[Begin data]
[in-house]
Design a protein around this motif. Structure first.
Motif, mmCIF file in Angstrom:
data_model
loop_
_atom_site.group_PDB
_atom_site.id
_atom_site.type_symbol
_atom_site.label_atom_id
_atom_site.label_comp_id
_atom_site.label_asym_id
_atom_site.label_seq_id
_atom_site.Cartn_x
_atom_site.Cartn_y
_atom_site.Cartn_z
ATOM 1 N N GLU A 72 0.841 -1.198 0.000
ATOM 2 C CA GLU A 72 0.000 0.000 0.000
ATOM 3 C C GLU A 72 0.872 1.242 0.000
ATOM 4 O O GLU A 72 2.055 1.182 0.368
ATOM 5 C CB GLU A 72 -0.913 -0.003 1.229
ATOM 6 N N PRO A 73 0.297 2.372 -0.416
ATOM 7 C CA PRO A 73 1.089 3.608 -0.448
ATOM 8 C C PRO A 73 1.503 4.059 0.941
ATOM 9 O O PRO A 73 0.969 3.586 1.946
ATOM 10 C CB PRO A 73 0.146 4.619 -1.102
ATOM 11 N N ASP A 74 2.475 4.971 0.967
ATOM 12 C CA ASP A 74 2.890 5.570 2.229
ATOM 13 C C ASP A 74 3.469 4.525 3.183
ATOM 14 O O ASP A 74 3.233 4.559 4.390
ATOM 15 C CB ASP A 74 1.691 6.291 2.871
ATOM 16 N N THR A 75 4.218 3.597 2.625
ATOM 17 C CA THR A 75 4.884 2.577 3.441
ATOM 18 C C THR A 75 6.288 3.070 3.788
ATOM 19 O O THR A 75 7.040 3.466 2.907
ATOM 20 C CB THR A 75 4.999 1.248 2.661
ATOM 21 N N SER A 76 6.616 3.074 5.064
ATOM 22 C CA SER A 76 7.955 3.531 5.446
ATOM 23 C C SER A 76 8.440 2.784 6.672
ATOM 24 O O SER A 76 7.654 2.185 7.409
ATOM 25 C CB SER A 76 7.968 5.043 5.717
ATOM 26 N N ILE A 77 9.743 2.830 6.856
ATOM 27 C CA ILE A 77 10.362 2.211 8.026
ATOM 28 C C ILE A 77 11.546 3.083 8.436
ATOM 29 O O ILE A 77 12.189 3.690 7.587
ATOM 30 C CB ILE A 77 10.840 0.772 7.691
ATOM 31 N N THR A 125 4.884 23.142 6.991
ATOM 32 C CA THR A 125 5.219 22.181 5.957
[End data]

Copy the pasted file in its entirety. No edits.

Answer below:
[in-house]
Design a protein around this motif. Structure first.
Motif, mmCIF file in Angstrom:
data_model
loop_
_atom_site.group_PDB
_atom_site.id
_atom_site.type_symbol
_atom_site.label_atom_id
_atom_site.label_comp_id
_atom_site.label_asym_id
_atom_site.label_seq_id
_atom_site.Cartn_x
_atom_site.Cartn_y
_atom_site.Cartn_z
ATOM 1 N N GLU A 72 0.841 -1.198 0.000
ATOM 2 C CA GLU A 72 0.000 0.000 0.000
ATOM 3 C C GLU A 72 0.872 1.242 0.000
ATOM 4 O O GLU A 72 2.055 1.182 0.368
ATOM 5 C CB GLU A 72 -0.913 -0.003 1.229
ATOM 6 N N PRO A 73 0.297 2.372 -0.416
ATOM 7 C CA PRO A 73 1.089 3.608 -0.448
ATOM 8 C C PRO A 73 1.503 4.059 0.941
ATOM 9 O O PRO A 73 0.969 3.586 1.946
ATOM 10 C CB PRO A 73 0.146 4.619 -1.102
ATOM 11 N N ASP A 74 2.475 4.971 0.967
ATOM 12 C CA ASP A 74 2.890 5.570 2.229
ATOM 13 C C ASP A 74 3.469 4.525 3.183
ATOM 14 O O ASP A 74 3.233 4.559 4.390
ATOM 15 C CB ASP A 74 1.691 6.291 2.871
ATOM 16 N N THR A 75 4.218 3.597 2.625
ATOM 17 C CA THR A 75 4.884 2.577 3.441
ATOM 18 C C THR A 75 6.288 3.070 3.788
ATOM 19 O O THR A 75 7.040 3.466 2.907
ATOM 20 C CB THR A 75 4.999 1.248 2.661
ATOM 21 N N SER A 76 6.616 3.074 5.064
ATOM 22 C CA SER A 76 7.955 3.531 5.446
ATOM 23 C C SER A 76 8.440 2.784 6.672
ATOM 24 O O SER A 76 7.654 2.185 7.409
ATOM 25 C CB SER A 76 7.968 5.043 5.717
ATOM 26 N N ILE A 77 9.743 2.830 6.856
ATOM 27 C CA ILE A 77 10.362 2.211 8.026
ATOM 28 C C ILE A 77 11.546 3.083 8.436
ATOM 29 O O ILE A 77 12.189 3.690 7.587
ATOM 30 C CB ILE A 77 10.840 0.772 7.691
ATOM 31 N N THR A 125 4.884 23.142 6.991
ATOM 32 C CA THR A 125 5.219 22.181 5.957